The Root Cause of Being Unable to Elect a Speaker

The House Republican Conference has absorbed a critical strategic lesson: In instances where a small fraction of House Members advocates for a specific provision—dubbed here as Sec. 1—that wouldn’t survive a standalone vote on the House floor or may not even secure majority support within the House Republican Conference, then these House GOP members can still successfully embed their desired provision within a bill slated for the House floor, simply by adopting a hardline stance and threatening to derail the entire bill by voting against it, unless their demands are met.

A mere handful of House Members, at least five, can wield considerable influence if they remain resolute under pressure, maintaining a firm “no” until their provision is incorporated into the bill. Their persistence can result in one-of-two outcomes: either the bill is scrapped entirely, or their specific provision – Sec. 1 — is integrated into the bill.

However, this tactic hinges on the absence of an opposing faction within the House Republican ranks, particularly a group exceeding five members, that is equally adamant about voting against the bill if Sec. 1 is included.

House Leadership is cornered in such a scenario since either including or leaving Sec. 1 out means the bill dies, especially if creative legislative crafting of a new Sec. 1 cannot result in either side backing down.

The tough work of years and years of gathering cosponsors, meeting objections, and building consensus for Sec. 1 can be dismissed as old-school legislating; a majority vote on the floor does not matter; what matters is a small band of committed Members of Congress.

The experience of small groups within the House Republicans, predominantly members of the Freedom Caucus, has illuminated a stark truth: when five or more GOP House members band together in unison, they can exert substantial leverage.

This brings us to a pivotal demand: the passage of any bill must be exclusively reliant on only Republican votes.

With this only Republican-votes condition in place, the faction of five members threatening to oppose a bill unless their terms are met typically achieves their objective since the Republican Leadership cannot make a deal and change the bill to get Democratic votes to pass it.

In such a politically charged climate, it is conceivable that such a small band of House members might overreach, making exorbitant demands that prompt other Republicans to counter-threaten, and House Republican Leadership might be compelled to seek immediate Democratic support for urgent legislation, as happened on the Debt Limit increase or a Continuing Resolution to avert a government shutdown.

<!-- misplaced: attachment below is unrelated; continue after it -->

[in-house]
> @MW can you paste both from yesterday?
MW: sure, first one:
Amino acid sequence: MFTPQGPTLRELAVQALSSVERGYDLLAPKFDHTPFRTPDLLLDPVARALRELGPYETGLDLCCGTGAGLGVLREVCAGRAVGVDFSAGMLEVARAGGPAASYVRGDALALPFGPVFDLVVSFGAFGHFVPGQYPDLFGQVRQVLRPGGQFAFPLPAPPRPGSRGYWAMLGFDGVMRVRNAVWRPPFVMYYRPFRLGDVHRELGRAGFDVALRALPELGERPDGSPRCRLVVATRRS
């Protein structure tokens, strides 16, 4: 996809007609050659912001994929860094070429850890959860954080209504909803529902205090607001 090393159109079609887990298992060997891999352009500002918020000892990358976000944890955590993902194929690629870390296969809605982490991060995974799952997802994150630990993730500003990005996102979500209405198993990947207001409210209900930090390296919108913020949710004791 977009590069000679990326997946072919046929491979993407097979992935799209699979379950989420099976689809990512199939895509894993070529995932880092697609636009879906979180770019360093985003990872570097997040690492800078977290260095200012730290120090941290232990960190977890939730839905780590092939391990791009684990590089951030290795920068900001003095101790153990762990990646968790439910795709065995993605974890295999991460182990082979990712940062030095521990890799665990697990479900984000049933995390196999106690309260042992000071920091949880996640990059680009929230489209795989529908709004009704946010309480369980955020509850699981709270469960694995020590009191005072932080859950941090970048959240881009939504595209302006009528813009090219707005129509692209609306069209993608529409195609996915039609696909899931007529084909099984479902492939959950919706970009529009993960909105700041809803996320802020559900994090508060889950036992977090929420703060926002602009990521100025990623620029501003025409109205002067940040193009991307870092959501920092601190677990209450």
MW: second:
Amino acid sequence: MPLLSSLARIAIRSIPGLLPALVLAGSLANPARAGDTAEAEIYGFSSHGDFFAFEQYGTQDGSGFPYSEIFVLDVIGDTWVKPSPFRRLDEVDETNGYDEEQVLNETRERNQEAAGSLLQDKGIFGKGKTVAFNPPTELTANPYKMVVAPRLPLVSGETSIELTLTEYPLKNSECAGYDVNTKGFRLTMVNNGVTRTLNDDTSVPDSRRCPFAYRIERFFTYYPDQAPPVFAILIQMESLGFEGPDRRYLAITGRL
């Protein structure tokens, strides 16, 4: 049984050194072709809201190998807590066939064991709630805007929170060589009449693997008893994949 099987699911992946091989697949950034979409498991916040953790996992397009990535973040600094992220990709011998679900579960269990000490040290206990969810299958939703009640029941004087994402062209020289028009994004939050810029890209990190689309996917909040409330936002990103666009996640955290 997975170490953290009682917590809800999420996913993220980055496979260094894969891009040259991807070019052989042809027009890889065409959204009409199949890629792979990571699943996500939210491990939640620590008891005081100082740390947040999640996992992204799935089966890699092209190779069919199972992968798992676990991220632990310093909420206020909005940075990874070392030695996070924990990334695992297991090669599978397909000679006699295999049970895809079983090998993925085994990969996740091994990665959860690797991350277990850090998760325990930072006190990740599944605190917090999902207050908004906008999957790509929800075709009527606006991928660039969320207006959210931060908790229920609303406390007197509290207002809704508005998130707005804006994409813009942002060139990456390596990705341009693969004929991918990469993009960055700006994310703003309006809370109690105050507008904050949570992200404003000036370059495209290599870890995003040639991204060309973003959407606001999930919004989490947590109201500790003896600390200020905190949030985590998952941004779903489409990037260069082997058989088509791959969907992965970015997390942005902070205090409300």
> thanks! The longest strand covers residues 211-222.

Consider the hypothetical scenario during a House floor vote for Speaker. If five or more Republicans were to call out the surname Jefferies as their vote, he would ascend to the Speaker’s position, assuming the GOP House Conference falls short of securing 217 votes for their chosen candidate. This dynamic affords Democrats a unique opportunity to sway the outcome of the Republican Speakership by aligning just five GOP votes.

On the other hand, if enough Democrats call out the name of the most acceptable Republican candidate for Speaker so that candidate receives 217 votes, the Democrats can effectively pick the Republican Speaker they want.

However, suppose a GOP faction remains steadfast in their support for a different Speaker candidate, disregarding the majority preference of the House Republican caucus.

In that case, the deadlock can only be broken in two ways: either enough Democrats cast their votes for a Republican, culminating in 217 votes for that candidate, or five Republicans decide to back Jefferies.

For the GOP to successfully elect their Speaker designee, an overwhelming 98% of the House GOP caucus must rally behind that individual.

Conversely, to impede the Republican Speaker designee, a mere 2% of the caucus needs to diverge, casting their votes for an alternative candidate.

Given these dynamics, one must ponder: Is it more plausible for the next Speaker designee to garner 98% of the House GOP Republican support, or is it more likely that upwards of 2% will deviate, opting for a different candidate?  (Most would agree that achieving a mere 2% on a test is a more attainable feat than surpassing 98%.)

The longer the House GOP remains without a Speaker, the likelihood of one of the following two scenarios occurring increases:

  1. The Democrats provide sufficient votes for a GOP candidate of their choosing, enabling that individual to attain the requisite 217 votes and secure the Speakership.
  2. Five Republicans cast their votes for Jefferies or a consensus candidate backed by Jefferies.

Should there be no Speaker elected with 217 House GOP votes this week, my October 5th and Oct. 10th  prediction of a bipartisan Speakership is steadily transforming from a possibility to an impending reality.


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